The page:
Tim Ostrowsky-Thomas and Thomas Buxton live at Banquet Records – 9th May 2023 Photo credit © 3dgephotos

DBM: You used to perform as part of a band called Kill the Witness before switching to a solo act under your own name. What sparked the change to move to Morning Crush and where did the name come from? 

MC: Well, I was a big fan of Kill the Witness and I thought it had like a lot of potential. And other people thought that too, you know, they were like, “This is it, this is the one.” And basically, the problem— The reason I didn’t carry on with Kill the Witnesses because, in my eyes, there were members were coming and going, different drummers, different bassist, but there was always three of us at the front, and the Kill the Witness sound wasn’t me, it was us three, you know? And so, when one of that three left, I tried to carry on with the other guy and then he left, because he got— They just got other jobs, you know? And they were like, “we can’t fit this in”, and it was fair enough. And I just felt it dishonest to carry on playing as Kill the Witness because it wasn’t Kill the Witness anymore, it was me. 

And so, I did solo stuff for a while and I didn’t really work as hard as I should have and I had, you know, all my mental health problems that I hadn’t confronted, and then I started Morning Crush. I mean the first single dropped at the end of 2020, but I’d been working on it since like— Oh wait, was it the end of 2020? I can’t remember. The first single dropped— Yeah, I think it was around the end of 2020. 

I started working on Morning Crush in like the middle of 2019 and that’s when I came up with the name. And the name was very much I kind of thought it was funny because I knew people would think I meant crush as in ‘I’ve got a crush on you’, but it doesn’t mean that at all. It means literally crush, like crushed, like to pulverize by compressing inwardly. And it was because I realized that most of my songs that I wrote were written about when I feel crushed or overwhelmed, and I felt that most in the morning. And every morning when I wake up, even now, I feel absolutely pulverized and crushed by negative thoughts and other things. And that’s basically where the name came from, because it was an honest description of what most of my songs were about at the time. Obviously, they’re not all about that. And also, I thought it’d be funny because I thought people would think I meant “good morning, my crush” or whatever, like the American term for crush. So, that’s basically where the name came from. And you know, Kill the Witness was more punk rock, and it was a lot louder, a lot faster, and I kind of wanted to make more, you know, indie rock, alternative country, I don’t— I’m really bad at genres, but more shifting away from Jock Kick Murphy’s and into Neil Young. Like that was kind of the shift that was going on in my head anyway. So, that’s how the sound shifted towards that.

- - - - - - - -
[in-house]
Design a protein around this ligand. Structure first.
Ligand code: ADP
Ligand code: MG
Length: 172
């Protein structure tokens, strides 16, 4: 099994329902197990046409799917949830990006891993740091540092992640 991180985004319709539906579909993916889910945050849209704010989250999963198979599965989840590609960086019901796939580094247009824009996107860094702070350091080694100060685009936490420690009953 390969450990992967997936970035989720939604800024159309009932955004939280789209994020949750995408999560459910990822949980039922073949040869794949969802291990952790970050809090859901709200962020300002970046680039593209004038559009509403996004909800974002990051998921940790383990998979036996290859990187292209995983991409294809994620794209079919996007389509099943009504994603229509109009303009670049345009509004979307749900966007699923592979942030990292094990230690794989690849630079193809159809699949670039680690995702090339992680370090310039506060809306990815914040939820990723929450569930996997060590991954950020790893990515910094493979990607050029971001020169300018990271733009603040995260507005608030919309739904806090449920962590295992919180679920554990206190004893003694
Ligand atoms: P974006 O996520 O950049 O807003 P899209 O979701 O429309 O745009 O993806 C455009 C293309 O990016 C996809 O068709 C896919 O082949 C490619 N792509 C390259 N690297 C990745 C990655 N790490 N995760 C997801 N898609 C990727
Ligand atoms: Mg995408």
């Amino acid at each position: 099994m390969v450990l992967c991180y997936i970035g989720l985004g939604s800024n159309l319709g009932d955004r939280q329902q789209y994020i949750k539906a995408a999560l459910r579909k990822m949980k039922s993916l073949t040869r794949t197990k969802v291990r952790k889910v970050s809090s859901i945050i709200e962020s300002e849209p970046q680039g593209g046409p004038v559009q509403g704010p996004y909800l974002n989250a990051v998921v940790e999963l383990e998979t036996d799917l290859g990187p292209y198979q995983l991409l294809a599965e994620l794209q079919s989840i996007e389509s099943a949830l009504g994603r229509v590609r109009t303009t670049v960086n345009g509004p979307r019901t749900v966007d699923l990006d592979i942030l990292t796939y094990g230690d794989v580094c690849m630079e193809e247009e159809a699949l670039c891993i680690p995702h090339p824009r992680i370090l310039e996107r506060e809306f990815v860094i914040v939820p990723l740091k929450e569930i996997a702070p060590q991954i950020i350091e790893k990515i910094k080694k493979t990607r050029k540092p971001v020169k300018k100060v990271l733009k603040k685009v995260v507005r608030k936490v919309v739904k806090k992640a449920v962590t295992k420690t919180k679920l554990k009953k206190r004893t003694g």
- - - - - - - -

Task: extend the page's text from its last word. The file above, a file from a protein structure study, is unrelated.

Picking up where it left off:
DBM: You’ve recently done an interview with Cliche Mag and you’ve also mentioned it earlier today as well, in which you spoke about the difficulties with having an invisible disability. If you could break the stigma or stereotypes that are plastered around ADHD and invisible disabilities, what would you want to change? 

MC: Ooh. That’s a great question. I just think I want people to default to believe in someone instead of desperately looking for reasons why it’s not real, which seems to be— Not everyone, but that seems to be a very common occurrence. You know, whenever someone with an invisible disability, and not just invisible disabilities, people are very much like that with visible disabilities as well. But a lot of the time it’s— There’s so many different comments that are thrown around, and some of the regular ones are— You know, and I’ve had this, I’ve heard this as recently as the last month. You know, I’ve heard people say that 95% of people with invisible disabilities are abusing the system to try and exploit it, and to try and get help that they don’t need. I’ve heard people— I hear people say stuff like that all the time and I wish, I wish that wasn’t the default for a lot of people, and it feels like it is. I think that would be the main thing I’d like to see change, but I really don’t know how to change it, apart from just carrying on, talking about it. 

DBM: Do you have any hobbies outside of music that you’d be willing to share?